Preserve your Summer Garden

Here’s how to make the most out of your seasonal fruits and veggies.
Summer Garden (1)
Photos: Getty Images

A home garden is not only a relaxing hobby, it can also be a small first step toward cultivating a more sustainable lifestyle. Growing your own food yields many benefits amid rising prices and global supply chain issues that only highlight our dependence on imported goods.

If you started a home garden project with herbs, fruits or vegetables at the beginning of summer, your crops should be prime for harvest from late July through August. Tomatoes, corn, peppers, long beans, mango, lychee, cilantro, dill — these are just a few of the food plants that thrive in Hawaii’s dog days.

Here are a few ways to make the most of your summer garden as the season winds down.

Care and Maintenance

August is historically the hottest month in Hawaii. During this time, take extra care of your home garden by making sure each plant gets the right amount of water, shade and nutrients. Water your plants during the cooler morning hours and check them again just before sunset for a possible second round of hydration. Research which plants require more sunlight, and be ready to adjust your garden arrangement to put more fragile plants in shaded areas as temperatures warm up. And visit your local home-and-garden shop for plant supplements that can provide additional nutrients for your home crops if late summer weather gets too dry.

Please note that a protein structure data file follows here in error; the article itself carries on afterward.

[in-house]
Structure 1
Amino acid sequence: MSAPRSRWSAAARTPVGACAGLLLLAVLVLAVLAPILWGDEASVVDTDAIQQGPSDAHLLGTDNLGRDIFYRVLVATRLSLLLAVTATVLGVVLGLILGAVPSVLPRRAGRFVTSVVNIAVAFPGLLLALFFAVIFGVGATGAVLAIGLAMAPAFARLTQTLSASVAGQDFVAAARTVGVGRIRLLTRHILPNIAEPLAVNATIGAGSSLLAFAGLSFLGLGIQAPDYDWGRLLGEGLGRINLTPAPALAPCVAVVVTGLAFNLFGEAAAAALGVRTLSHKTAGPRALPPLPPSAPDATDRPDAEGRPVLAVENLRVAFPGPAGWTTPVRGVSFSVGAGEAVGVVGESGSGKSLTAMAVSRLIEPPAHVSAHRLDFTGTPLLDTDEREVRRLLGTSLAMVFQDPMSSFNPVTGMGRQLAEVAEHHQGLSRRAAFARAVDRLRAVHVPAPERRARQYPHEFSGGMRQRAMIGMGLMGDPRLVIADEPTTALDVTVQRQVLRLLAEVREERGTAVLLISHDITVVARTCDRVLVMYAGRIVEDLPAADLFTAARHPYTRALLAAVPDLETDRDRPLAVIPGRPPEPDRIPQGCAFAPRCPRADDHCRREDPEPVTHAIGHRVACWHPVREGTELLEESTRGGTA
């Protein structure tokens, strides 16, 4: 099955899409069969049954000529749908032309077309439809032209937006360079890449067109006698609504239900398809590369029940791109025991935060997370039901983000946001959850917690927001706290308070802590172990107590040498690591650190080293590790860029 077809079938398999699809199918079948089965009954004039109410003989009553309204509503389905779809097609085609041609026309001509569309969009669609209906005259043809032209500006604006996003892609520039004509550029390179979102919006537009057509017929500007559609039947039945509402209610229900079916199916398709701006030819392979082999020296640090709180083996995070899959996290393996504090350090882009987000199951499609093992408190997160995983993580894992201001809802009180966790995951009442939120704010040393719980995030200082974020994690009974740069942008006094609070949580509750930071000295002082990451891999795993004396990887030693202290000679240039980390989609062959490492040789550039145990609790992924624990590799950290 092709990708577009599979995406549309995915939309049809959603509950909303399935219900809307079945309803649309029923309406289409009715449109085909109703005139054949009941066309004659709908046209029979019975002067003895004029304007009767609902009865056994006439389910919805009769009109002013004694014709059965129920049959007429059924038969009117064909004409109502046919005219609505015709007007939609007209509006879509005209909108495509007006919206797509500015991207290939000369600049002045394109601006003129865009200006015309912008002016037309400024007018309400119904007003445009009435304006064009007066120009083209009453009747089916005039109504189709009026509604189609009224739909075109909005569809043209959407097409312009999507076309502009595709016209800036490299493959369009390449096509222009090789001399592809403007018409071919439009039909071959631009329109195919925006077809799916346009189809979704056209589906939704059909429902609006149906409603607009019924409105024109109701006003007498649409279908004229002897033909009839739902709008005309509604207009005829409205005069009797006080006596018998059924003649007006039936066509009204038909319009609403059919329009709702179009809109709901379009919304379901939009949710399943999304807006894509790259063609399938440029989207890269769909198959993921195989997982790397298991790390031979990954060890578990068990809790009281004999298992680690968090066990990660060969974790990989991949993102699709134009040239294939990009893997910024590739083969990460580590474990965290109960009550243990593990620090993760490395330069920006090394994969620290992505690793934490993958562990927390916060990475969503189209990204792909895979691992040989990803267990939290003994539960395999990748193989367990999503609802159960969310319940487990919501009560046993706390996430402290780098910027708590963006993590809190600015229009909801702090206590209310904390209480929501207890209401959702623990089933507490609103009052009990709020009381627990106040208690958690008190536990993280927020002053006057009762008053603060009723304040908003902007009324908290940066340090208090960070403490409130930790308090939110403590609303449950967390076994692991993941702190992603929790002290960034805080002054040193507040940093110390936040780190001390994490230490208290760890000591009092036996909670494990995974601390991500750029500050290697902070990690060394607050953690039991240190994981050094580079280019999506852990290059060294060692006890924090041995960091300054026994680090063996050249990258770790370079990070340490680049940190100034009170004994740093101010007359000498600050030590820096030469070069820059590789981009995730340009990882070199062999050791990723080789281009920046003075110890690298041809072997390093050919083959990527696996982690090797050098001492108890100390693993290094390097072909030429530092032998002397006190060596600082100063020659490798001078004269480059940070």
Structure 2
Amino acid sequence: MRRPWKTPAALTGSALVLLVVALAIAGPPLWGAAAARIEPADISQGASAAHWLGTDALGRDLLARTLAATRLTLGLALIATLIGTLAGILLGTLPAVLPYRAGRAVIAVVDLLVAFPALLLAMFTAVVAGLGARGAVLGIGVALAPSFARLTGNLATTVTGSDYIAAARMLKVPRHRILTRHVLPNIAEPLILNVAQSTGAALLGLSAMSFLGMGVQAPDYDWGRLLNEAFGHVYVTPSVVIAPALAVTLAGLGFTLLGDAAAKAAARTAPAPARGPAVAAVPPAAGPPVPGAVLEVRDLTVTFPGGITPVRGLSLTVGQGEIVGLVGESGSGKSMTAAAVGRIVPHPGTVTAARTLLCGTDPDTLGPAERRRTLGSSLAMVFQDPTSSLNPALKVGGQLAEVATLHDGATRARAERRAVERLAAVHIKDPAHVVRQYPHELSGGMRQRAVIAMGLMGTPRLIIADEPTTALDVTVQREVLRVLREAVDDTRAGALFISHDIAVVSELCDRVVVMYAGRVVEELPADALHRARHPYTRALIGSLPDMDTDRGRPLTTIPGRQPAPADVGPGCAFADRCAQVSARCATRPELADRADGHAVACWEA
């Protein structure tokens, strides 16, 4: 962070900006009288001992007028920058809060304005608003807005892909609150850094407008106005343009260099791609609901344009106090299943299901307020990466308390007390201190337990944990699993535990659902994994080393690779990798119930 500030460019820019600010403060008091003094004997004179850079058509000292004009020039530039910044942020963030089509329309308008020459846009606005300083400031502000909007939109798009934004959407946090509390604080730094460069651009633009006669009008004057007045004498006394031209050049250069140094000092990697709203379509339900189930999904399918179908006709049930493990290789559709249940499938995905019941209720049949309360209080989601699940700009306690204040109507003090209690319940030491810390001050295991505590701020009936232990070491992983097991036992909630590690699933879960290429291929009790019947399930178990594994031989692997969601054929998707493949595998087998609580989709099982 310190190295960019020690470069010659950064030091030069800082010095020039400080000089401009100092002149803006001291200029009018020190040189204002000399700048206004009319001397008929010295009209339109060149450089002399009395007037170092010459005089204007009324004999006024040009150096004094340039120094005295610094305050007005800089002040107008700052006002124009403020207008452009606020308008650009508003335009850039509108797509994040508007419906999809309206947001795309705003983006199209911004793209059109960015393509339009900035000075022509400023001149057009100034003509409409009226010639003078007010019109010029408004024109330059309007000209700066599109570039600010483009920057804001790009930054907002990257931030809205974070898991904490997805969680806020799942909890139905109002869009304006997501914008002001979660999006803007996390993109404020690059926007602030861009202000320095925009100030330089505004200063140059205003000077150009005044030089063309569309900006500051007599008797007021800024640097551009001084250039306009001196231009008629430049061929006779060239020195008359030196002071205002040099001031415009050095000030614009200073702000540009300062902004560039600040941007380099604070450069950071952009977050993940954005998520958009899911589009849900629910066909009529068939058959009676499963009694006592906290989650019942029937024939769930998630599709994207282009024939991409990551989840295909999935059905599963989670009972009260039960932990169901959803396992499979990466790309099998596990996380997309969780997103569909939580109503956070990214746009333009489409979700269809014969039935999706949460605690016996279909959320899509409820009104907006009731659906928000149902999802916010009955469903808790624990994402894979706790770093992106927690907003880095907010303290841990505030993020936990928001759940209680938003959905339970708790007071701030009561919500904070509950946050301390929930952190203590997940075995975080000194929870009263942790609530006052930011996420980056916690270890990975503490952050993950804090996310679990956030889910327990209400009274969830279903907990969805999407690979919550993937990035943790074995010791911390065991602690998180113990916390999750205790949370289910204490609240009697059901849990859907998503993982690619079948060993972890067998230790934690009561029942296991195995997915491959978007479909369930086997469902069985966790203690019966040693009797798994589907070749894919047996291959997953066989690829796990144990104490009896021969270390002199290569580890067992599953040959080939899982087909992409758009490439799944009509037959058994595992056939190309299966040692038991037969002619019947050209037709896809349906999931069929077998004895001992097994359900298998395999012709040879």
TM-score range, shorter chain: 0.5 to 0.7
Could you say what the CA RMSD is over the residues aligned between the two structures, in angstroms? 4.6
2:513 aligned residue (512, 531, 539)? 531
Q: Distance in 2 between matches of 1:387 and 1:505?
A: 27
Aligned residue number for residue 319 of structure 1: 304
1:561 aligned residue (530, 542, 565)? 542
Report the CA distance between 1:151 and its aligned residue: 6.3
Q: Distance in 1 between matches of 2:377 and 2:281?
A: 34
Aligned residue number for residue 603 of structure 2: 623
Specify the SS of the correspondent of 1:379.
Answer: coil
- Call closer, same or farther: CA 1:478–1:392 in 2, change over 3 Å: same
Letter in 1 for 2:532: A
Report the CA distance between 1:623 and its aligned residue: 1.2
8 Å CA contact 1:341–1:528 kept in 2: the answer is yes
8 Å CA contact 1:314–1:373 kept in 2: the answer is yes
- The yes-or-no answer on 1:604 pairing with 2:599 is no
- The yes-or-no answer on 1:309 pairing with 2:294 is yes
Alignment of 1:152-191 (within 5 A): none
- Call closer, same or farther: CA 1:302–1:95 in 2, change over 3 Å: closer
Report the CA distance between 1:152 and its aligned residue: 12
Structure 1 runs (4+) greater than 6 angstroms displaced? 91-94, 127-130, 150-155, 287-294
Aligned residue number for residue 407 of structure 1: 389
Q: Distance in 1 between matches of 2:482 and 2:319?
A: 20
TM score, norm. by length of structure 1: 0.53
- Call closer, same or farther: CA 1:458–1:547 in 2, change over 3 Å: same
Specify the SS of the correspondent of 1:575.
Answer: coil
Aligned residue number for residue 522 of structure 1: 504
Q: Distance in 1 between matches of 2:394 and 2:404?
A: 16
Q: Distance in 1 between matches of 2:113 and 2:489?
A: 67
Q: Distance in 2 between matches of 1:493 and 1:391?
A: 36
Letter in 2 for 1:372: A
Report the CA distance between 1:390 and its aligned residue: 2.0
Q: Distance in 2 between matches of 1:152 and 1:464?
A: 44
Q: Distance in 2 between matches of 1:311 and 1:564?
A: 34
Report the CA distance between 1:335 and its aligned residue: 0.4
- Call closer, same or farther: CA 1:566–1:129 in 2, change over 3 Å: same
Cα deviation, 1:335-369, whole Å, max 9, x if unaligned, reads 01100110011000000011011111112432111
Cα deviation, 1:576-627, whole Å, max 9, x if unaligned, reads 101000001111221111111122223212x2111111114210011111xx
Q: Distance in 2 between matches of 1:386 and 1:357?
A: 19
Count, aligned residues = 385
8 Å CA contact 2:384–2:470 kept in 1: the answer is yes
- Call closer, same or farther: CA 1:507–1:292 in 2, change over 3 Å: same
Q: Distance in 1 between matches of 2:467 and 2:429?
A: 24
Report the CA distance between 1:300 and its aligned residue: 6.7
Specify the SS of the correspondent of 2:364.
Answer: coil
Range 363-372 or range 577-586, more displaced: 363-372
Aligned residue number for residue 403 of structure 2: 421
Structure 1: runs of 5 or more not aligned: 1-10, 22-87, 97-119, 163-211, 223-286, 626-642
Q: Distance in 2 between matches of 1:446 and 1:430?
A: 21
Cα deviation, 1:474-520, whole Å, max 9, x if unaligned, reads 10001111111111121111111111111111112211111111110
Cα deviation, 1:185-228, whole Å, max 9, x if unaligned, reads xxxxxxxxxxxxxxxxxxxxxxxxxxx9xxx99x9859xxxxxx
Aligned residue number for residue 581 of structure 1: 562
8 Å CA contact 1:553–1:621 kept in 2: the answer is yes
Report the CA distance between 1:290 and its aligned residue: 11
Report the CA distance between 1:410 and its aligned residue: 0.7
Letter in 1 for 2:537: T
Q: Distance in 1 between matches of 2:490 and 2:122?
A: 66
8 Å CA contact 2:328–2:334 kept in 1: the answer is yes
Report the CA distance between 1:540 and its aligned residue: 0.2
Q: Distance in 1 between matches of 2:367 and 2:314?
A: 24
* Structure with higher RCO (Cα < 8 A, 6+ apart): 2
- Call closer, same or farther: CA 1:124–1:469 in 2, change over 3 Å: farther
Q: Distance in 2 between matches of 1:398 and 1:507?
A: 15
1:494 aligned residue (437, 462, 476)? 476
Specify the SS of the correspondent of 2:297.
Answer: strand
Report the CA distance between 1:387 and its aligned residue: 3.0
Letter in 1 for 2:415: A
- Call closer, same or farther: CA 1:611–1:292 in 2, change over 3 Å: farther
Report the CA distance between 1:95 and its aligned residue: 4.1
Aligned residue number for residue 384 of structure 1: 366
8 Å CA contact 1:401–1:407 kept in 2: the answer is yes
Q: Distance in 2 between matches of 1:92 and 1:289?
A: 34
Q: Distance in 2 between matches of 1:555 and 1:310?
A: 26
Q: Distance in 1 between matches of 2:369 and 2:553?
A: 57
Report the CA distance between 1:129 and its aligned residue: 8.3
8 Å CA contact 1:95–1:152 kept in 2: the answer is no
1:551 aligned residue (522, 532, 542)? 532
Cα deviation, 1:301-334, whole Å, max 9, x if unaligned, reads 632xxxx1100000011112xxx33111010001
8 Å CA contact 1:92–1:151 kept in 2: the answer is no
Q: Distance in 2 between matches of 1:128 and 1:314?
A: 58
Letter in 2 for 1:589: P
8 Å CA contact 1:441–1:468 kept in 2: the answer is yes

Cooking and Storing

Once picked, your summer garden harvest can be cleaned and used in your favorite dishes. Excess vegetables such as peppers, squash, long beans and cucumbers are best stored in the refrigerator, along with leafy greens placed in breathable bags. Fresh fruit can be kept on your countertop, or peeled and cut to be frozen for later use. Hardier crops like sweet potato and onions do well in a closed pantry cabinet.

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Canning and Preserving

To enjoy your summer harvest even longer, consider traditional food preservation techniques such as canning, dehydrating and pickling. Before getting your produce prepped for any of these processes, gather up the necessary equipment and containers ahead of time. Find recipes for handcrafted fruit jellies and jams that can be stored in Mason jars, or for flavorful infused oils that can be bottled with herbs from your garden. Dehydration is a technique that can be used for snacks like dried bananas and kale chips, and pickling is a popular option for local staples such as kim chee, li hing mango and daikon.

Categories: Digital Exclusive, Gardening